Cameras in public restrooms create splash

August 28, 2013

LUDINGTON — There has been much splashing around social media the last day about cameras in public restrooms in Ludington. The topic was raised by Ludington resident Tom Rotta, who spoke about his concerns about the cameras during the public comment portion of Monday’s Ludington City Council meeting.

During that meeting Rotta presented photographs of cameras in the James Street Plaza and Waterfront Park restrooms. The cameras have been in the restrooms for many years. When they were installed in the 1990s, they caused some public stir. However, signs clearly let those in need of “rest” that the bathrooms are being monitored. City Manager John Shay said not all the cameras in the bathrooms are real. He said their purpose is to prevent crimes.

The cameras point towards the “common” area of the restrooms, not the privies themselves. Rotta also presented photographs that he took supposedly from the same angle of the bathroom cameras. The flaw in his demonstration, though, is that not all camera lenses are created equal. Without knowing the focal length and exact angle of the video cameras, his demonstration was really not accurate. Instead, it appeared to be an attempt to exaggerate his point.

Shay said it is likely that someone may enter the restroom and change clothing in the common area. However, footage is only reviewed when there is an issue with the restrooms, like an incident of vandalism. And then they are only reviewed by police officers, typically Chief Mark Barnett. Since 2001, Barnett has only had to review the footage two times, Shay said.

Rotta also alleged that cameras were in the newly renovated restrooms on the north side of Stearns Park. He took pictures of what appeared to be smoke detectors and claimed the detectors had cameras in them. Shay said they aren’t smoke detectors but rather are humidity detectors and they do not have cameras in them. When the sensors detect humidity, the fans automatically turn on. The sensors have lenses on them, which make them look like cameras. The detectors are in the areas of the toilets and the showers. In fact, there are no cameras in the Stearns Park bathrooms. Shay said the receipts that Rotta has been discussing are from 2000.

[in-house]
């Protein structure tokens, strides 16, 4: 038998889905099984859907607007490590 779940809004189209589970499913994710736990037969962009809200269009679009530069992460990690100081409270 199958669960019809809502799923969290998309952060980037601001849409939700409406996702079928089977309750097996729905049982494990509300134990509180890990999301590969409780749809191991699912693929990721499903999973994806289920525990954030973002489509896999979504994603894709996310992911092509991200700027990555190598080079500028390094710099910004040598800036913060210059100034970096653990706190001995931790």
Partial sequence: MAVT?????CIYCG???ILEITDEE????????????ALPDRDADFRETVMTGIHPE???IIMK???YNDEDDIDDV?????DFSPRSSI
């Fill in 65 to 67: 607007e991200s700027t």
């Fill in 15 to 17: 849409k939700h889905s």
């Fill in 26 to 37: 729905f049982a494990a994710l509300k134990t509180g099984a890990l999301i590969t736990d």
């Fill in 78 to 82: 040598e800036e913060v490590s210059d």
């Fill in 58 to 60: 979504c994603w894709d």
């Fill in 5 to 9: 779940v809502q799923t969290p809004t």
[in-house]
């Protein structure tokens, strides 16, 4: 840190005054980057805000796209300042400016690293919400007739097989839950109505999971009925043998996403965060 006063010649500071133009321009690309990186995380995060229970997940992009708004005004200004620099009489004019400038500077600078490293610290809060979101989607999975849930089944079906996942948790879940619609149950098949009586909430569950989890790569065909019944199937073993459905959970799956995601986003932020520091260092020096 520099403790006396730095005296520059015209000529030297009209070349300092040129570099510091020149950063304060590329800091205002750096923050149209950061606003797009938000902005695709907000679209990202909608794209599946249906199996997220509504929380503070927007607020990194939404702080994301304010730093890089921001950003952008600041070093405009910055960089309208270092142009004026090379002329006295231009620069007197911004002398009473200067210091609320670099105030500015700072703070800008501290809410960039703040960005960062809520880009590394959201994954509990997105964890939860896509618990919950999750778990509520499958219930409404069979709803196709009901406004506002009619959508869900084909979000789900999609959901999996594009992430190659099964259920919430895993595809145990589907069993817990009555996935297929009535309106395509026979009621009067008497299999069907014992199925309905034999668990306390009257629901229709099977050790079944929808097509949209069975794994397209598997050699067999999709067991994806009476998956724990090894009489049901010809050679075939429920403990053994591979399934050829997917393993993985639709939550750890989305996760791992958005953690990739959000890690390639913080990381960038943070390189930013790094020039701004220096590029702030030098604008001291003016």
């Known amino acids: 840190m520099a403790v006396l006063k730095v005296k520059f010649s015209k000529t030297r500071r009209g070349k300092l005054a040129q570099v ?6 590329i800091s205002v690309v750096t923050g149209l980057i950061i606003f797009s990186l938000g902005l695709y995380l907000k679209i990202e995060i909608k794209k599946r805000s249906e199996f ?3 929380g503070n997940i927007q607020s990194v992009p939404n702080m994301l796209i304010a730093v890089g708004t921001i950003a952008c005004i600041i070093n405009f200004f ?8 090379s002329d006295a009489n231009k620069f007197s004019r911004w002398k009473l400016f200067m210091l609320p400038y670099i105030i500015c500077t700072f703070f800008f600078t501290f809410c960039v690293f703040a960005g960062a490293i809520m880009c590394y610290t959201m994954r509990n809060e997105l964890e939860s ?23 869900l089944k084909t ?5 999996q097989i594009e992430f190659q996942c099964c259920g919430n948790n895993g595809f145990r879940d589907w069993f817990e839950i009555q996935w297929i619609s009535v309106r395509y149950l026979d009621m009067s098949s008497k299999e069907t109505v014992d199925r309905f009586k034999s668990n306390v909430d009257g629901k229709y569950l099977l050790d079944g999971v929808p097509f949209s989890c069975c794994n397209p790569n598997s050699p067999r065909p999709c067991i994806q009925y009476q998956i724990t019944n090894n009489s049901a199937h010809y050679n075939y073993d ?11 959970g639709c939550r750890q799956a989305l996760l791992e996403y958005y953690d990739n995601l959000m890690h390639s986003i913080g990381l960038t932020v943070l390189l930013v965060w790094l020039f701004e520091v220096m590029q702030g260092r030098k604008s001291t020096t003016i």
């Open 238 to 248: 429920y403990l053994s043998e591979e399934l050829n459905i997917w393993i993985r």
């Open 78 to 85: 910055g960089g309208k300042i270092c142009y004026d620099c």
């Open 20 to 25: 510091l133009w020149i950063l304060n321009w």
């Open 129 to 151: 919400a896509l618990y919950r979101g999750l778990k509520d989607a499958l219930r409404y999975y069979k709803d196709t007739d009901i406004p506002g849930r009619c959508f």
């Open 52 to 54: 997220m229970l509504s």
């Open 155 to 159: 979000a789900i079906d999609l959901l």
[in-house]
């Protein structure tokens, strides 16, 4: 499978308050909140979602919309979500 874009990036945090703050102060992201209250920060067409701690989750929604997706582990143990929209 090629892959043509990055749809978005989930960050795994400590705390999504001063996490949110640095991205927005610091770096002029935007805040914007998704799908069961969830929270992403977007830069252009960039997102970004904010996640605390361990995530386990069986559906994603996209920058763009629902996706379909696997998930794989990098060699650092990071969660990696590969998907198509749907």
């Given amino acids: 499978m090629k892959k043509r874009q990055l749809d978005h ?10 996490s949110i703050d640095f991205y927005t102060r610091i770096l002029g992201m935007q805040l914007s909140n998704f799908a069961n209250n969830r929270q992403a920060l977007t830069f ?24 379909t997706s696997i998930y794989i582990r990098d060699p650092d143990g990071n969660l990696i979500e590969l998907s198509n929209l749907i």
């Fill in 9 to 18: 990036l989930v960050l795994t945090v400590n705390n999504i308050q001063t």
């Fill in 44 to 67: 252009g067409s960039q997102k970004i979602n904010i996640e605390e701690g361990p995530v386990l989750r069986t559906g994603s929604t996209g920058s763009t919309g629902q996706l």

The topic of whether cameras should be located in public restrooms is a balance of public safety versus privacy.

Rotta said that people should have a reasonable expectation of privacy in common areas of a public restroom. City Attorney Richard Wilson corrected Rotta by saying the Michigan Court of Appeals and Michigan Supreme Court have made three decisions that state just the opposite of Rotta’s claims.

The law allows for cameras in common areas of the restrooms but not the stalls.

Mayor John Henderson also asked Rotta if he had been taping fliers up in the bathrooms. Rotta said he had. The mayor then asked Rotta to not do that because it is illegal to do that without permission from the city.

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